Some people believe that children should not be adopted transracially because the child will not have a sense of belonging if they are from a different cultural background. Unfortunately, whether a child is transracial or not, many adopted children feel similarly. One important way to help ease the feeling of not belonging is to expose the child to not only their own cultural background, but to the parent’s as well. Children should not be made to feel that everything about them is different. Their life will be on course to have to navigate through both cultures, and accepting and celebrating differences and likenesses will create a sense of belonging for both the parents and children. Yet others believe that whites that adopt black children cannot equip children with the tools necessary to survive in a racist society. It is important for prospective parents to be cognisant of the fact that the effects of race and ethnicity do exist. And so parents must understand it, and be ready to help their child work through it. Parents must be willing to take proactive and corrective measures that ensure the success of their children; otherwise, adoptions across the color line are nothing more than bodies occupying space (Smith 2011).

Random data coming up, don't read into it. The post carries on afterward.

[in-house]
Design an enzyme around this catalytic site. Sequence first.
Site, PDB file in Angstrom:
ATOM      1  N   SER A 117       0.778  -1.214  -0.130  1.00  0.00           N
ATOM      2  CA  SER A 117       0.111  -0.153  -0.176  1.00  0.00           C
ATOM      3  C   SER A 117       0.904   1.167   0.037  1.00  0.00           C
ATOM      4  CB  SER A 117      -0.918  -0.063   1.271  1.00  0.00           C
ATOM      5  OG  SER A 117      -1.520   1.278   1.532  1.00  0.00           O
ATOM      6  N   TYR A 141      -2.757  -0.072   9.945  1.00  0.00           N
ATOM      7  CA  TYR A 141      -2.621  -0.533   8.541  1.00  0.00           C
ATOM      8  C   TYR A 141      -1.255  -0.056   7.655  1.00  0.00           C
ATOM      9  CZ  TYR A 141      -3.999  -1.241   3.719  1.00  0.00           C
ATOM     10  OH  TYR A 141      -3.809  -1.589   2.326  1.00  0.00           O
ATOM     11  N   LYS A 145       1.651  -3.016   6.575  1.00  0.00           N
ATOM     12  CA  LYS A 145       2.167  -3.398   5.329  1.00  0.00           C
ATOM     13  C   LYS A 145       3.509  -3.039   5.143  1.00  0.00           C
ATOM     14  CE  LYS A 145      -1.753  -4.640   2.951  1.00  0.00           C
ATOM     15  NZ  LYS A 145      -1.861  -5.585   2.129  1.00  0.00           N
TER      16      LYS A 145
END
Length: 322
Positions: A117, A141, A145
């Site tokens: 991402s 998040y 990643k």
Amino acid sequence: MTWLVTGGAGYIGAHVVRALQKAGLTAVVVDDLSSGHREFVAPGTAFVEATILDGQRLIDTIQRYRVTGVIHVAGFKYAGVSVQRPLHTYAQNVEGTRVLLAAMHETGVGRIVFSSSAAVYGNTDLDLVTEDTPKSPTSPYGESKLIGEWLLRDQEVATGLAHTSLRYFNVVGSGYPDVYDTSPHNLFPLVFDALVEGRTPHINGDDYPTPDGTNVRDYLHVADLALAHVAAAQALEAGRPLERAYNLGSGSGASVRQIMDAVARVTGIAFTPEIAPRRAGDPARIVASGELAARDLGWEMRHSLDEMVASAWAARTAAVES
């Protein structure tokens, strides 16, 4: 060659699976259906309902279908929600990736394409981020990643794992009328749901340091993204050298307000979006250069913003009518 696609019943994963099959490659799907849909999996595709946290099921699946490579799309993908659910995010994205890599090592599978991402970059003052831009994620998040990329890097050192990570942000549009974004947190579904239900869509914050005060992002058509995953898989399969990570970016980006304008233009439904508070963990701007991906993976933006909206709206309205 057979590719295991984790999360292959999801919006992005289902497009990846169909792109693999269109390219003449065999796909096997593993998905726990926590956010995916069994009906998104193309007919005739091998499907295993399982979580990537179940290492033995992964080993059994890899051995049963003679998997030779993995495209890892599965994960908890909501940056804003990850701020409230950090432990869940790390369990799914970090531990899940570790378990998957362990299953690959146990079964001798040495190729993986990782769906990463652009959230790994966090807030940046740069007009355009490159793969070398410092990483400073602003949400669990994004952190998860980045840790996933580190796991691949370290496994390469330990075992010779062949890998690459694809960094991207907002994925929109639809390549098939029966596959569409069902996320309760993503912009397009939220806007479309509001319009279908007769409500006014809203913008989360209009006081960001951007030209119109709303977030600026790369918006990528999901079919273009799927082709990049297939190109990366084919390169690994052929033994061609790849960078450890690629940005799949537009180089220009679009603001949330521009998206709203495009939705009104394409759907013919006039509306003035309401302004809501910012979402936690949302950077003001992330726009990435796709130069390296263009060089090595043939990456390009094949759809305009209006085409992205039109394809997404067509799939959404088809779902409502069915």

Parents considering transracial adoption should be first and foremost committed to improving the life of a child. With that commitment comes the responsibility of creating an environment that is empathetic as well as knowledgeable towards the cultural and ethnic needs of the child. Parents need to help that child build a sense of self-pride based on their own ethnicity. Denouncing transracial adoptions by no means will protect a child from intolerance. However, with the proper resources and training, parents can be the foundation their adoptive child will need to help them navigate as they develop their sense of racial heritage. As more transracial adoptions occur, more individuals may be enlightened and this can help to promote acceptance and unity in our society. Let us all work together to give these children a family and a home where they feel genuinely loved, truly valued and that they ultimately belong.